Inserting Slices of Real Life in Fiction

Writers do this. I know I do. We slip in little bits of real, everyday life into our works of fiction. Just a sliver really. Here’s one example: there’s a scene where heroine/amateur sleuth/newly minted entertainment attorney, Corrie Locke, is touring a bigger, better office space with a movie studio boss…and possible murder suspect. Corrie accompanies the handsome, sometimes oddly mysterious executive vice president to inspect the new building. They are alone in the uninhabited office, which makes her feel a wee bit nervous. Especially because her gun is in her car. Here’s the scene snippet as it occurs in the book:

He leaned down toward my head, practically burying his nose in my hair.
“Do you mind?” I squirmed.
“You smell good.”
“So does hot chocolate, but you don’t nosedive into that, do you?”
“I might, I love hot chocolate.”

I crafted this scene after a brief encounter I had in my local grocery store while I waited in line to make my purchase. My back was to those waiting behind me. I was closing in on the cashier when I heard loud, shallow breaths in even tempo, close to my ear. Then I felt a slight jab, a vague push. I turned my head around. Behind me stood a man, so close that if I leaned forward just a bit, we’d bump noses. His chin was practically buried in my hair.

I think it’s fair to state that most of us do not like people, outside of those personally invited, to enter a diameter of say, two feet, within our physical presence. Even one foot is acceptable when standing in line. I move forward when I get crowded from behind. Quite often, so does the person behind me, even if there’s no need to do so. Most grocery stores have ample space. I’ve learned to carry a large handbag and place it between me and any personal zone violators. This helps maintain a respectable distance.

This tiny encounter impacted me enough for me to recall it years later and insert it into my novel. Mostly because I chuckled about it…afterward. It’s easy to laugh off slightly annoying brief encounters, and insert them into a work of fiction to share with others, who can laugh along with you.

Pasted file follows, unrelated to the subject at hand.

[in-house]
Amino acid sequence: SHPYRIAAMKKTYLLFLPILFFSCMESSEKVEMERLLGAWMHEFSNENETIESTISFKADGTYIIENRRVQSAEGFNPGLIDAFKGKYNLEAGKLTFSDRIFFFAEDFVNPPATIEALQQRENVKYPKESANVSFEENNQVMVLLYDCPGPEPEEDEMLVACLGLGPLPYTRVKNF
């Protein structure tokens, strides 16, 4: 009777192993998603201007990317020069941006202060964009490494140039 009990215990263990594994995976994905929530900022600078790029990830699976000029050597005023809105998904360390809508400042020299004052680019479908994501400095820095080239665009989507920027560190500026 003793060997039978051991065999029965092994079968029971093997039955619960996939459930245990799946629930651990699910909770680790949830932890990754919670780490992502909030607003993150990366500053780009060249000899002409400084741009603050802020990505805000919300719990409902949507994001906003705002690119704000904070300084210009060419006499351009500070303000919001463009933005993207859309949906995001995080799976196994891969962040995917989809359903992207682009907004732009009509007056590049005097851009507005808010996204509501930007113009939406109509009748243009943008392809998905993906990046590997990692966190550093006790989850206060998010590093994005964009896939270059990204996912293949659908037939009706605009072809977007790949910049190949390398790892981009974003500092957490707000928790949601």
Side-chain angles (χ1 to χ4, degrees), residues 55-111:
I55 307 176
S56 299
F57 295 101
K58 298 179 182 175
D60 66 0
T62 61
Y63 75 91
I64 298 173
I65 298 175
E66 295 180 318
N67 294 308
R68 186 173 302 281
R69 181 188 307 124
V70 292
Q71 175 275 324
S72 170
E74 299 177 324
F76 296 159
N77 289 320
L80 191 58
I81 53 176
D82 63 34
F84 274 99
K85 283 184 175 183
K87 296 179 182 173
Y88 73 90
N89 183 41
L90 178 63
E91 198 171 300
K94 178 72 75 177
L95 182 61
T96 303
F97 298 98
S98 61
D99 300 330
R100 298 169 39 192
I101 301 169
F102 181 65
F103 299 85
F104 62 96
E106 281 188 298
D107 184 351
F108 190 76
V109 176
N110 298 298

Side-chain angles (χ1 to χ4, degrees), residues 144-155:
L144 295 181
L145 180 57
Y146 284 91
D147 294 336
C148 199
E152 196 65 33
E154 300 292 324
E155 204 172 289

Happiness Boosters: The Epiphanies

It was nearly a year ago when, while flying home from the East Coast, I experienced a series of epiphanies. Thirty in total at 35,000 feet in the air. About halfway through the flight, I’d felt dreadful. Dreadfully air-sick, frustrated, impatient, perturbed, and disturbed. I was an emotional Mount Vesuvius, ready to blow. I sat huddled in a corner of the plane, shade pulled down, eyes squeezed shut, fighting nausea, with an onslaught of unhappy thoughts that made me miserable. My saving grace was that no one knew about my distressed state, but me.

The last leg of my trip had included a writer’s conference that left me uncertain. The query letter for my completed manuscript had been read aloud in front of three literary agents and an audience of writers. The first agent remarked it was “excellently written.” The other two stated it wasn’t the norm, so they’d likely discard it. I’d written the query as a blurb for the back of my hopefully soon to be published book. It was solid as far as I was concerned. Three agents, including the one who responded favorably to my letter, asked that I send my manuscript to them. Yet I left the conference feeling gosh darn unhappy.

That quiet discontentment unleashed the torrent of epiphanies during my plane ride. An epiphany is an illuminating discovery or realization. Mine consisted of a list of life changes that needed to be made to help me better guard my happiness.